Does The Bad Guy Always Have To Die?

With more and more films belonging to franchises, are their stories ever really done? Is the bad guy allowed to die if there’s a chance he or she might be needed in the sequel?

€˜TO THE DEATH€™ €˜No. To the pain.€™ €˜I... don€™t think I€™m familiar with that phrase€™.
Are any cinema-goers really familiar with that phrase either? While Westley€™s bluff and stamina defeats and humiliates Prince Humperdinck in The Princess Bride, the far more memorable (and much more quoted) conflict has to be Inigo Montoya€™s promise of €˜You killed my father. Prepare to die€™. It€™s a fun family film, but Inigo makes Count Rugen beg for his life. Then kills him anyway. In stories of revenge, right and wrong and life and death, does someone always actually have to die in order for us to feel that the story is done? But, with more and more films belonging to franchises, are their stories ever really done? Is the bad guy allowed to die if there€™s a chance he or she might be needed in the sequel? Maybe certain event movies aren€™t feeling as satisfying as they used to because the audience are being denied the catharsis of seeing the bad guy truly beaten. Someone certainly needs to send a memo to Optimus Prime asking him to double check that Megatron is really gone before he declares the battle over (that€™s twice you€™ve fallen for it now, Optimus!). In 1989, Tim Burton managed to do what 50 years of Batman adventuring had not, he killed the Joker. But was that more satisfying than Heath Ledger€™s more threatening;
€˜You won't kill me out of some misplaced sense of self-righteousness. And I won't kill you because you're just too much fun. I think you and I are destined to do this forever€?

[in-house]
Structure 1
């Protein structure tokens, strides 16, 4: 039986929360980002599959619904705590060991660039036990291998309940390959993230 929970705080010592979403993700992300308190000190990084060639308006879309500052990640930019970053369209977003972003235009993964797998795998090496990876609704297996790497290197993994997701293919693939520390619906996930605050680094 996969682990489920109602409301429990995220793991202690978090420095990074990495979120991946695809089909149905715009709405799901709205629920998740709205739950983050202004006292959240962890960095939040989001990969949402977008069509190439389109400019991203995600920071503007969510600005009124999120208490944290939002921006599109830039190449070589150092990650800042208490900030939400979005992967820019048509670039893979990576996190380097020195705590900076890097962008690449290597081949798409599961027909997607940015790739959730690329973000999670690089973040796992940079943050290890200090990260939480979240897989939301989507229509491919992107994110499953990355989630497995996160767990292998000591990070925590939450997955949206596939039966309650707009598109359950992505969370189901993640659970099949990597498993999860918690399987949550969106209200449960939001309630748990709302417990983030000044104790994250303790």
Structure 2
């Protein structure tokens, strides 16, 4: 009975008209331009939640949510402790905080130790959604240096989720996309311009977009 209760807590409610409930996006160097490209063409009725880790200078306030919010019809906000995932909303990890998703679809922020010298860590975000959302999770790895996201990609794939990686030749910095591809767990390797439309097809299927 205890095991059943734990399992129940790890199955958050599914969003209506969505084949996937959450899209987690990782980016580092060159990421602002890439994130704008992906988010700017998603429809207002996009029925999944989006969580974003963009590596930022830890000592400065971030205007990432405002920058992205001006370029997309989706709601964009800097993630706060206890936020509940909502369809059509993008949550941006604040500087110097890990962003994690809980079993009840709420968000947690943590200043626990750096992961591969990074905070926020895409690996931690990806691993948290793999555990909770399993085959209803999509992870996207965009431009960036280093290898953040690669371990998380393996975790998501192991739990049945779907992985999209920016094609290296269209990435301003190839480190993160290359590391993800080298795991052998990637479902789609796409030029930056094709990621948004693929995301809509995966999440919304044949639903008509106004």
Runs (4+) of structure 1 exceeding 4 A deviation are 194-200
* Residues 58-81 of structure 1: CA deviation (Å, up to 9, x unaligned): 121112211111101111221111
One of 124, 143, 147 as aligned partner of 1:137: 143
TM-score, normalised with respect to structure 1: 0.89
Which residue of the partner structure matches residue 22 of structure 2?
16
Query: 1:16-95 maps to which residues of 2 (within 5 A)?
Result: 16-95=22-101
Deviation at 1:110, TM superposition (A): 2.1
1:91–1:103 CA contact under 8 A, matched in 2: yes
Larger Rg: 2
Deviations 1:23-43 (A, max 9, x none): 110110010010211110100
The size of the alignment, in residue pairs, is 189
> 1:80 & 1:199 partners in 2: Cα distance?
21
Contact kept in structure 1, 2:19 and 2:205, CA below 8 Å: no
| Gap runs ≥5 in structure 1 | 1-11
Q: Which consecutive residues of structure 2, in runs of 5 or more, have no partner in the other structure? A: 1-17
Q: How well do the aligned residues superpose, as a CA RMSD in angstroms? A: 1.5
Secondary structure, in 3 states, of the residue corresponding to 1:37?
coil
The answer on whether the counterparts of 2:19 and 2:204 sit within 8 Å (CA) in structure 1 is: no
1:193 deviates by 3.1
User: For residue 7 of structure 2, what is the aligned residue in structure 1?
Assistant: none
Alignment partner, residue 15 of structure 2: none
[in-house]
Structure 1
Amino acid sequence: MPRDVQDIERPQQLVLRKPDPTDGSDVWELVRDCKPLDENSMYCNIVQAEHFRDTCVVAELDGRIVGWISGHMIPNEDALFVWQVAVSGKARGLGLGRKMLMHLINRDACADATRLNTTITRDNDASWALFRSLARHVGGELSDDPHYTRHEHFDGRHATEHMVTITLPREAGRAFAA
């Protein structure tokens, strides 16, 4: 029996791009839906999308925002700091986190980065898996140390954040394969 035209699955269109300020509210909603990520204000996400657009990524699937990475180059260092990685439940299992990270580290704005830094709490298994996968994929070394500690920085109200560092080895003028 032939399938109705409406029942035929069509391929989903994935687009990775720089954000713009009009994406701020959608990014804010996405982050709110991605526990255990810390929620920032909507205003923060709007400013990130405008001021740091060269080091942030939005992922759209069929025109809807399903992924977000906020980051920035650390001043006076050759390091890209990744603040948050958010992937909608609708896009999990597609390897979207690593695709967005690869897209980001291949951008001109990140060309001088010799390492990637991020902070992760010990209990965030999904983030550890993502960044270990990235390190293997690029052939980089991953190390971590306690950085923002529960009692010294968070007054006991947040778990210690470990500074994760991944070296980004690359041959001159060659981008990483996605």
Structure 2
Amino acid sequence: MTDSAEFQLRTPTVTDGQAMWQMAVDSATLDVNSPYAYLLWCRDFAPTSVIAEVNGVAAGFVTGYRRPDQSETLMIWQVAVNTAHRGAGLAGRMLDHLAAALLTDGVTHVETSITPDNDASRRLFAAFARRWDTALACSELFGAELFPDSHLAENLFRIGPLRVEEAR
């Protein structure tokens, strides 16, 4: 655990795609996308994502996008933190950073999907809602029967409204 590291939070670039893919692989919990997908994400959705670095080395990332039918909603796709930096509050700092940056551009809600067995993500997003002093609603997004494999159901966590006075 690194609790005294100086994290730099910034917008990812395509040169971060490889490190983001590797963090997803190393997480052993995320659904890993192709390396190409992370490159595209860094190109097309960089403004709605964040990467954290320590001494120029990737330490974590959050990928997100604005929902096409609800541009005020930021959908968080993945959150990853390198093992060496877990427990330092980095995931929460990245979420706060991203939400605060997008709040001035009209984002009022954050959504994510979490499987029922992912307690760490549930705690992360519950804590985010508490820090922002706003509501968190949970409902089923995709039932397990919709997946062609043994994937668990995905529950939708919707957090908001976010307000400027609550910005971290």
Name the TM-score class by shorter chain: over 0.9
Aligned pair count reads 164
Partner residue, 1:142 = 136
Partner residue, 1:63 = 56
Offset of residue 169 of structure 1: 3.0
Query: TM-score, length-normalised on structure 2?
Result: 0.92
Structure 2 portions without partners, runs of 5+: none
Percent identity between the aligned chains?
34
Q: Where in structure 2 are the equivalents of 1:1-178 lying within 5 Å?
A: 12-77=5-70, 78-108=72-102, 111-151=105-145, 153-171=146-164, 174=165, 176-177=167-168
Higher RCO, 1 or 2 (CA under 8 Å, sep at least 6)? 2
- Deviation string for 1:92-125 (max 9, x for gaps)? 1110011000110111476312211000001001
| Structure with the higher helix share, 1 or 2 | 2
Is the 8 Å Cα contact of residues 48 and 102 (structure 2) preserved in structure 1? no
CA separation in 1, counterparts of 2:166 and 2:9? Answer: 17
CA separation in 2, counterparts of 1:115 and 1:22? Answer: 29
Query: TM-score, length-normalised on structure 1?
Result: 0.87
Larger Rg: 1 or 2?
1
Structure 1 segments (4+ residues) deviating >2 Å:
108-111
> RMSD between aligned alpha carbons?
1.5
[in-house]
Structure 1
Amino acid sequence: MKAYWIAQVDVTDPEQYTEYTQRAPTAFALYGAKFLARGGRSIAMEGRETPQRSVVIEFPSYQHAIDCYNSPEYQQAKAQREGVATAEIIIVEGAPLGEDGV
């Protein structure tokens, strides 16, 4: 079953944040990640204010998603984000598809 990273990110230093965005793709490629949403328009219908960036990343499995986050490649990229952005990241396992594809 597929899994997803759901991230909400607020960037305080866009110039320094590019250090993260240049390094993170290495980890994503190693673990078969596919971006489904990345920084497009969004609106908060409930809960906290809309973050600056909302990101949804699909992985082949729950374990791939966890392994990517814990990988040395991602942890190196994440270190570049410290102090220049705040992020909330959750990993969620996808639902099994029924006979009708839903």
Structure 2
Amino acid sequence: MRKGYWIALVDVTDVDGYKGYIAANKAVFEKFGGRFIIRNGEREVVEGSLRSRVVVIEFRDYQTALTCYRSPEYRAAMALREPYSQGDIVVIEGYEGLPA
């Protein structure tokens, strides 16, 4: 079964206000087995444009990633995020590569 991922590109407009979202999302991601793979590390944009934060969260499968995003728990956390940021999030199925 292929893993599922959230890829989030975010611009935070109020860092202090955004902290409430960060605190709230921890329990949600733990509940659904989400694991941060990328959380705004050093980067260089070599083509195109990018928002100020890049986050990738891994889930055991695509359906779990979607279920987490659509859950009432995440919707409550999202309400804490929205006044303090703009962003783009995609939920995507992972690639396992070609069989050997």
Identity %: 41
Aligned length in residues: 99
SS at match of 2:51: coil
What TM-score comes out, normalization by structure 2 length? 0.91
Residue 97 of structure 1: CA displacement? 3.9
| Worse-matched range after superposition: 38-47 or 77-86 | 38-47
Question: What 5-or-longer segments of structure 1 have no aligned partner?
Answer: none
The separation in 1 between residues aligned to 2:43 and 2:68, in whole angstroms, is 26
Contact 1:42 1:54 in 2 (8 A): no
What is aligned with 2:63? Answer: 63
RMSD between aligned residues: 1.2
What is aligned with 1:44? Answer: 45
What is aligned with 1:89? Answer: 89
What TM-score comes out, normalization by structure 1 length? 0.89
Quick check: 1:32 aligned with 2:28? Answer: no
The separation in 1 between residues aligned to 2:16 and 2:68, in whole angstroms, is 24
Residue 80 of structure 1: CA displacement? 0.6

Sadly we know that that threat will stay empty because of real-life tragedy. But while the Joker€™s attempt to tarnish Harvey Dent and Batman€™s subsequent taking of the blame definitely worked thematically, in its execution (Pun gleefully intended. Sorry!) did it honestly provide that final kick that a big movie needs? Or are audience expectations changing and appetites growing for more long-form storytelling. Those of us who would never condone the offing of the bad guy in real life still get a thrill when Alan Rickman goes off the roof in Die Hard. But we know that these movies are make-believe. Archetypes of good versus evil, too evenly matched for one side to ever truly €˜win€™. There was a common opinion that the wrong guy died at the end of Michael Mann€™s Heat €“ one of the movies Christopher Nolan repeatedly cited in regard to The Dark Knight. But for a story between two so evenly-matched and equally empathetic lead roles, is either Robert DeNiro or Al Pacino winning not going to leave a taste of €˜what if?€™ in the viewer. Would audiences have been satisfied with a more ambiguous ending where we know one of them walks away but we never find out which? Perhaps the far more resonant endings are those with a fate worse than death. As always, we can look to Pixar and the Toy Story films for the best examples. Toy-bully Sid will spend the rest of his day petrified of toys (and probably most inanimate objects) after Woody€™s warning to €˜Just. Play. Nice.€™ And as for Lotso-Huggin€™ Bear, they could have kicked the stuffing out of him, but his final fate growing tatty on the front grill of a truck almost feels like a throwback to ironic punishments in the Greek afterlife. Perhaps irony is the key. While the final battle between Wolverine and Sabretooth on top of the Statue of Liberty in X-Men showed Bryan Singer was still finding his way around a special-effects action sequence, for many the power-punch money shot was that of Magneto trapped in his plastic prison. Not dead, just rendered impotent and with his best friend/arch-nemesis Charles able to leave whenever he wanted. Yes, it leaves a sequel wide open. But it was far more satisfying than a clear win for the White Hats. Audiences know that bad guys like Michael Myers, Megatron and Magneto will never truly stay dead or powerless €“ not as long as they€™re still making money at the box office. So perhaps all that matters is that our good guy thinks they€™ve overcome their nemesis. It is their story after all. An ending where a goodie learns the baddies€™ weakness but still shows mercy will always somehow feel like a cop-out. Mind you, that€™s when our villain usually reaches for their hidden gun anyway. So surely the hero is morally in the clear for any death-dealing that happens after that anyway. Right?
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